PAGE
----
I have the same thing with renewal, I have it deducted from credit, don’t even notice that it is happening. I agree, I think there are far more pros than cons, I love it. Thank you Robin.

  6. In regards to the question ” Do you have to be connected to the internet to use?” –> your answer is correct. However on the day that your renewal is due, Lightroom insists on a connection to the internet to verify that you paid for the renewal. Which can be a problem if you are without internet in a remote area. I am very happy with my subscription – just takes some planning to overcome that restriction.

    • I haven’t had that happen Erich, or maybe I’ve just been connected with it happened. I don’t know. I’m glad to hear you are happy with your subscription.

  7. Chris Kirby

    I have found the subscription to be the best thing. Having immediate access to the updates is so good. Also having access to what you want in the way of programs including PS, Light Room, Camera Raw and Bridge included in the cost is great. I thoroughly recommend it if you are working with your photos constantly.
    Super image Leanne!

  8. I own a copy of CS5 that I got from where I worked. They gave it to me as part of my package when I left. It is a commercial version and I have the LEGAL option to give up to 1200 copies of it to anyone — so I wish you lived around the corner. I’d happily give one to you.

    Mostly, I use it for basic stuff — cropping, leveling, building layers — and as a platform for my Topaz and Google filters. I also have Topaz Studio which is a “standalone,” but isn’t quite ready for “prime time.” Yet. I think it will be pretty soon. They are now charging for it. I got it free when it was a beta test. They have since upgraded it several times a week for months and they keep adding new stuff to it. It’s become quite a nice piece of graphic software and I know they aren’t charging much for it. You might want to consider it. It works well with Photoshop and does things that Photoshop can’t.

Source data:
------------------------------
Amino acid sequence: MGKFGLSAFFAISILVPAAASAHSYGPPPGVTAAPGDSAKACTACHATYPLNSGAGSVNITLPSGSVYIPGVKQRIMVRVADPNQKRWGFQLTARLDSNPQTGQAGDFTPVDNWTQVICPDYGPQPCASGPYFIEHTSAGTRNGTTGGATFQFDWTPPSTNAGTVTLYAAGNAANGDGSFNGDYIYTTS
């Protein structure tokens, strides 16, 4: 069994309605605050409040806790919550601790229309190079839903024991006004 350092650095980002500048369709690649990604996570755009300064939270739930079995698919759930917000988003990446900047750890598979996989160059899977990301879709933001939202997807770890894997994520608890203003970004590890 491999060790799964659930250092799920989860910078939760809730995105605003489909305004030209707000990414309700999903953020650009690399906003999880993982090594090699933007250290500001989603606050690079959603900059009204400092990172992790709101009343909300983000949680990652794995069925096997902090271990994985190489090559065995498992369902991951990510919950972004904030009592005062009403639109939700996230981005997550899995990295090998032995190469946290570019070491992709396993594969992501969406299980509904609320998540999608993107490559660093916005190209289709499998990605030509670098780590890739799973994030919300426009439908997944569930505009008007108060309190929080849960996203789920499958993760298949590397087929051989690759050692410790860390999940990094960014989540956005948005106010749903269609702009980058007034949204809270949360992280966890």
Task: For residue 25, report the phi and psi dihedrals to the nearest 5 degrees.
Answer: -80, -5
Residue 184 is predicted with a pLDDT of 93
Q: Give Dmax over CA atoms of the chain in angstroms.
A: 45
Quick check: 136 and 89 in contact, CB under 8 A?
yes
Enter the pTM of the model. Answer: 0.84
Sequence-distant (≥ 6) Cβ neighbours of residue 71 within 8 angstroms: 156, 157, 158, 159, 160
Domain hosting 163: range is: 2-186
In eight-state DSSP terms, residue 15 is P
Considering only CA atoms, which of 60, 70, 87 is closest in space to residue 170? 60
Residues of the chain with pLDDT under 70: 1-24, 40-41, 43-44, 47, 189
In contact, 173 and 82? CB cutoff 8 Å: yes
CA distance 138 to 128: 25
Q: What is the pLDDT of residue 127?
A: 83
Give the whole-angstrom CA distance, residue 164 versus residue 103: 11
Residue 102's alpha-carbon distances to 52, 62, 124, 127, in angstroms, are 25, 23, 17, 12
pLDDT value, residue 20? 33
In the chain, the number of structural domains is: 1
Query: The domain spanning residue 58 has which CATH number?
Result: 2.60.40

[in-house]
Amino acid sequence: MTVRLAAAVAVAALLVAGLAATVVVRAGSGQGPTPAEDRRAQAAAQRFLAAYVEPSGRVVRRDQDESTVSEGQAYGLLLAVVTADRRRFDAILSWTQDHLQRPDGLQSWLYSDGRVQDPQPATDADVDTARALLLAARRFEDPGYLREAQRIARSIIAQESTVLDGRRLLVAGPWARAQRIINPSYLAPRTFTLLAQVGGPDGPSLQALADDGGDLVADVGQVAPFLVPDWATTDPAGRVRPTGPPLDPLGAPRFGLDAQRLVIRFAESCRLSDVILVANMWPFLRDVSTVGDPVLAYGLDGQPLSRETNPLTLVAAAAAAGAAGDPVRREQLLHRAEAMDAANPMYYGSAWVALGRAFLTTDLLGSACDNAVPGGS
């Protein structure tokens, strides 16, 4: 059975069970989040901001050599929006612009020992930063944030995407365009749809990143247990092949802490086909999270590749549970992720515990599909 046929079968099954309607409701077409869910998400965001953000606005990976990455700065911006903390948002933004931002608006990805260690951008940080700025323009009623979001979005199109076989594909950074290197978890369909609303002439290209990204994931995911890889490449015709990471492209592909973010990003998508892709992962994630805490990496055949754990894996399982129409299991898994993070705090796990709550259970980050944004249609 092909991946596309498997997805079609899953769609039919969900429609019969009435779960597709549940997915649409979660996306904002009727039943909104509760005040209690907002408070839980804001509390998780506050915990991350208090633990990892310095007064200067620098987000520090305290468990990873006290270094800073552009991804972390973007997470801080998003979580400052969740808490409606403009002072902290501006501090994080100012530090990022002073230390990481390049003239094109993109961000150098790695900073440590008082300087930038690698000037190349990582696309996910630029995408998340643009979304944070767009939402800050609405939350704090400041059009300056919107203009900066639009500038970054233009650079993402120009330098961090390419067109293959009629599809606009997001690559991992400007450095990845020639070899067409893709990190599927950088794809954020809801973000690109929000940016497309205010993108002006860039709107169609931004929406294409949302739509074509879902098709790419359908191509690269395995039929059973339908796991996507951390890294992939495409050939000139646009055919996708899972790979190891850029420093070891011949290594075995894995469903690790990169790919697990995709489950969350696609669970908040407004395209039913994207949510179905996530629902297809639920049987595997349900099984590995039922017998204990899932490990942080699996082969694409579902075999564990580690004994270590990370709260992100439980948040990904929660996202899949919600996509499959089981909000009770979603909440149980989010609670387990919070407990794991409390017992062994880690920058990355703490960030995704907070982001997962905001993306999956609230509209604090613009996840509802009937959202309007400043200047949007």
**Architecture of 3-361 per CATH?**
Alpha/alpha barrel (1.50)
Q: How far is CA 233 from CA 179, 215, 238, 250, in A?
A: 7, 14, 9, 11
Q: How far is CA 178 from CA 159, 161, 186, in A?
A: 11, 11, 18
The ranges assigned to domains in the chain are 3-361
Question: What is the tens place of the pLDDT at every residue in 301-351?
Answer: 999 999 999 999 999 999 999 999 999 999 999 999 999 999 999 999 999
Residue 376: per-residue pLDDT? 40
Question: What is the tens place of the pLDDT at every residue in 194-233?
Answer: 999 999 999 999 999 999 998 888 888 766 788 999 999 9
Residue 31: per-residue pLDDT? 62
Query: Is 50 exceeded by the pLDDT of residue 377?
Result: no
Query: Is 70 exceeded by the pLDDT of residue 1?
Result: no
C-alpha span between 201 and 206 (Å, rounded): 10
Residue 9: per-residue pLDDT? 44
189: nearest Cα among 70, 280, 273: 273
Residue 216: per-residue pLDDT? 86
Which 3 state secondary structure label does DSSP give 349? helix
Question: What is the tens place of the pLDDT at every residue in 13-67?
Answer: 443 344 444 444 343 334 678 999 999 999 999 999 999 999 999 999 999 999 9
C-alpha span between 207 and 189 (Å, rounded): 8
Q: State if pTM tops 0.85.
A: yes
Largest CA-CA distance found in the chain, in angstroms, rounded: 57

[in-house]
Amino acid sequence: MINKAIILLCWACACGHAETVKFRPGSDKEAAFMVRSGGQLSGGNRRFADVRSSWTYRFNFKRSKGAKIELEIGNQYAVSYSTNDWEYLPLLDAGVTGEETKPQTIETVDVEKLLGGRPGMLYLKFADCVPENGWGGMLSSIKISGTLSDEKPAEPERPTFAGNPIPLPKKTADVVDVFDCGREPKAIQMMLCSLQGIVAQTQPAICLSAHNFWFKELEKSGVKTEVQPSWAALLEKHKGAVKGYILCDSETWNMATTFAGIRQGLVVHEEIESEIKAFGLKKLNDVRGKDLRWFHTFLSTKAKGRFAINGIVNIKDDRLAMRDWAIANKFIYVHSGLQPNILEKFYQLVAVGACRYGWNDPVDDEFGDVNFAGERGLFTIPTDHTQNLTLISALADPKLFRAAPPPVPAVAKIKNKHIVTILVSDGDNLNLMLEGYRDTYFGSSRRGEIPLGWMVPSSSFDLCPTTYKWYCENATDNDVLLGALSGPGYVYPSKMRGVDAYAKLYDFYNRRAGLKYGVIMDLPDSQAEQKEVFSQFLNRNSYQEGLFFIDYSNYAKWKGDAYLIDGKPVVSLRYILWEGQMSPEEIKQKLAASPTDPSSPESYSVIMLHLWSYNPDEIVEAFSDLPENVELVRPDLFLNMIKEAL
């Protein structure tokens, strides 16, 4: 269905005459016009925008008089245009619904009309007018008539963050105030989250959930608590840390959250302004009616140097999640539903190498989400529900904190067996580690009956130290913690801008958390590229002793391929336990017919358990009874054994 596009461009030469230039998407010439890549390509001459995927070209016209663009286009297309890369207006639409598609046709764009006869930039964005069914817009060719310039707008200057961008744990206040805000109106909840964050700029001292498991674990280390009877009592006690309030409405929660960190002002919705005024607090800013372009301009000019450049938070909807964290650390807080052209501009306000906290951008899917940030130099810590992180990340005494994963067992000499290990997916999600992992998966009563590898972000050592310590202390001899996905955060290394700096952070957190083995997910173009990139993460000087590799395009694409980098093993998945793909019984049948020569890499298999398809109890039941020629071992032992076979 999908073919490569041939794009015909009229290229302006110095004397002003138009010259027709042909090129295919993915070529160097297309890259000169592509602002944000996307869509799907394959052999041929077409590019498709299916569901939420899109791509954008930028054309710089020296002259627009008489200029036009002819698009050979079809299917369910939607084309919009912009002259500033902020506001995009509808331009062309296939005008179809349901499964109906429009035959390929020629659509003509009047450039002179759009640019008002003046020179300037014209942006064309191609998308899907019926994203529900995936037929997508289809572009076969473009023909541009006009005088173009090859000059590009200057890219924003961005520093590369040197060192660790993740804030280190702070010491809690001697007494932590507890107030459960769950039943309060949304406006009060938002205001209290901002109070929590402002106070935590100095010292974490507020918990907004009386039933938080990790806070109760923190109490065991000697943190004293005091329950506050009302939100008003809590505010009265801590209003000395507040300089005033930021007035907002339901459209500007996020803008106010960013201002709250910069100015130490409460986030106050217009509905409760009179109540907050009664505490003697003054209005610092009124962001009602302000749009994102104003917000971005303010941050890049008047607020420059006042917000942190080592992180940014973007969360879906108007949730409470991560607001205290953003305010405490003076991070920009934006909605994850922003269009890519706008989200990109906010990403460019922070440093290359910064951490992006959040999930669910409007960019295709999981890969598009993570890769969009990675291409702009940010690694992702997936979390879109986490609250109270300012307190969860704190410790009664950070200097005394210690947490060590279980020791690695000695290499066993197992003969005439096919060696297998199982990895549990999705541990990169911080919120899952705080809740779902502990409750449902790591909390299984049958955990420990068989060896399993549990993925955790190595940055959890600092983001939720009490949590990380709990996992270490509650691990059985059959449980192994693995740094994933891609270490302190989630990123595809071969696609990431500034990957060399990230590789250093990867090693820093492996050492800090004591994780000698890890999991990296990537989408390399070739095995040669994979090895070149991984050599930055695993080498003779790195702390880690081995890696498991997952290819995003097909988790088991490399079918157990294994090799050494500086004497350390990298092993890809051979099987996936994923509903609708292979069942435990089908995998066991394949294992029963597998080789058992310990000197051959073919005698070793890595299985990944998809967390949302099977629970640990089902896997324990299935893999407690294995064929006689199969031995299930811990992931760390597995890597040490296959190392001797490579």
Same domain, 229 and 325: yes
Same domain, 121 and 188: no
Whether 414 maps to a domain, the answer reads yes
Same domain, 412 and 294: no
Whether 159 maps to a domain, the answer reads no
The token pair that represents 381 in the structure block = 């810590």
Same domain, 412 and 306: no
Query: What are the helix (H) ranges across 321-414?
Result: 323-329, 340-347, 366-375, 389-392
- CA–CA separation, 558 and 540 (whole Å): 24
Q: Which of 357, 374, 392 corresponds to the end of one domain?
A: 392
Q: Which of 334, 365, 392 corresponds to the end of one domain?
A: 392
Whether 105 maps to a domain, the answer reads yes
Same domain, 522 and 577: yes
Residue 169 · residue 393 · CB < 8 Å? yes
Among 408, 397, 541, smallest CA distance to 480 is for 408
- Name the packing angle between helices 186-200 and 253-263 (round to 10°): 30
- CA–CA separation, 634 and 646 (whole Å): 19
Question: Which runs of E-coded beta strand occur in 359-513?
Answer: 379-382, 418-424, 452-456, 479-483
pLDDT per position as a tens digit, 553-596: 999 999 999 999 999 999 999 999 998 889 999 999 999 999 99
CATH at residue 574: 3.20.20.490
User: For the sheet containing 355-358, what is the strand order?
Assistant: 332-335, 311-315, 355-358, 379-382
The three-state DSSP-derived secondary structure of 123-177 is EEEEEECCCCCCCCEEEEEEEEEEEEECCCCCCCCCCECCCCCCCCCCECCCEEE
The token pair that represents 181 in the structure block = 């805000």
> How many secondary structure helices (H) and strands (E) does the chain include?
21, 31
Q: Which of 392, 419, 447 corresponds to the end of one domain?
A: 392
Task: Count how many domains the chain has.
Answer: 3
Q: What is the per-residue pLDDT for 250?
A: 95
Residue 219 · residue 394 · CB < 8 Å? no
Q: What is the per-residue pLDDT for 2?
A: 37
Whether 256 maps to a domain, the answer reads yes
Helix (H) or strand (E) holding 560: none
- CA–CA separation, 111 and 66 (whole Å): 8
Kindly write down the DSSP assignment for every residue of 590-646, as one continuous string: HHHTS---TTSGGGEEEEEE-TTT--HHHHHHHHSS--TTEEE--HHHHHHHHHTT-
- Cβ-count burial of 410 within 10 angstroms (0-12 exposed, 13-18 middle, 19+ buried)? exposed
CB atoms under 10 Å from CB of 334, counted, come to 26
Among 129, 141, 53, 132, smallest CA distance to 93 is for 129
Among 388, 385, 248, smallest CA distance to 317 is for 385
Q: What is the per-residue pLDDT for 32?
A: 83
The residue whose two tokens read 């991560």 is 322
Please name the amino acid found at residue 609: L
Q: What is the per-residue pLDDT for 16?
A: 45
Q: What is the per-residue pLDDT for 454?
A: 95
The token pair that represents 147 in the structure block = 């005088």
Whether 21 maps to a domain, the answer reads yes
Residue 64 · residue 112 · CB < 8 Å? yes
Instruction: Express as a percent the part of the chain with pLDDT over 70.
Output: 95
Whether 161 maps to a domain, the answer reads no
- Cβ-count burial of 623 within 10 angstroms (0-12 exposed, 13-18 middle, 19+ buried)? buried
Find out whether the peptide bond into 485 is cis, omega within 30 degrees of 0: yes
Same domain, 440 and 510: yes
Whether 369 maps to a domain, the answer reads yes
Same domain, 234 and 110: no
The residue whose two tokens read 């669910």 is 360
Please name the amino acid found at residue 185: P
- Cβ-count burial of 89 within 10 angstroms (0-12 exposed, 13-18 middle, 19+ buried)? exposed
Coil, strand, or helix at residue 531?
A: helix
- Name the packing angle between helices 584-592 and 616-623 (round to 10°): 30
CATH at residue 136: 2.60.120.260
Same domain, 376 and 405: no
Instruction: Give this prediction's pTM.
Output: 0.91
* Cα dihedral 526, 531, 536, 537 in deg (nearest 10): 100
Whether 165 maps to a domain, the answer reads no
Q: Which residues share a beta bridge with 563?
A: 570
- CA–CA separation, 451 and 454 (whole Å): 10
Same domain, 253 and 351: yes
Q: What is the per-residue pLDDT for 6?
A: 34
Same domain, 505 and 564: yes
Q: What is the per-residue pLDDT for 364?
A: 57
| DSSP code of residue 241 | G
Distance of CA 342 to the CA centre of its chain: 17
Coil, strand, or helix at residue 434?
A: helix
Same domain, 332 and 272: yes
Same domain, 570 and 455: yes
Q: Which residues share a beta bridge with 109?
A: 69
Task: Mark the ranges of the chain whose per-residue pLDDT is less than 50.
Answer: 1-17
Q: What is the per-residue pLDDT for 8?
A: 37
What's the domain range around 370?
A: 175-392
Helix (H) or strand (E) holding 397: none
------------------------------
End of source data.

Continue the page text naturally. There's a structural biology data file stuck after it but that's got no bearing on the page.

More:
I’ve owned Photoshop having bought it when I was working long ago — since it was a baby program that worked in green screen PCs. I’ve paid for it as an upgrade decades … more than 20 years. As a retiree, I refuse — absolutely REFUSE — to subscribe to anything more. If I didn’t own Photoshop, I would not subscribe. I want to own what I own.

    Also when you are on a fixed (small) income, subscriptions can get ugly. It’s bad enough that I have to endlessly pay for cable to have WiFi, but Photoshop too? I know a fair number of professionals who do NOT use Photoshop and won’t because it is a subscription. It is nice to have it, but it is possible to produce extremely high quality photographs without it. If the price gets high enough, you may want to look at the alternatives too.

    • The problem I would have with CS5 is that there are things that I know later versions have that I know love. I really don’t mind paying the way I do.

      I used to have some Topaz stuff, but haven’t for a while, not sure what happened to it.

      I can understand if you don’t want to subscribe Marilyn, and it is a choice each of has to make, I love it, so really don’t mind. At this point in time it is working out well for me. I think as we move forward we are going to find this sort of thing happening more and more. We won’t own anything. I haven’t found a program that will do all the things that I do yet, so I will still with Photoshop for now, but if things change, I might have to rethink it all. Thank you Marilyn.

  9. What amazing, surreal photos!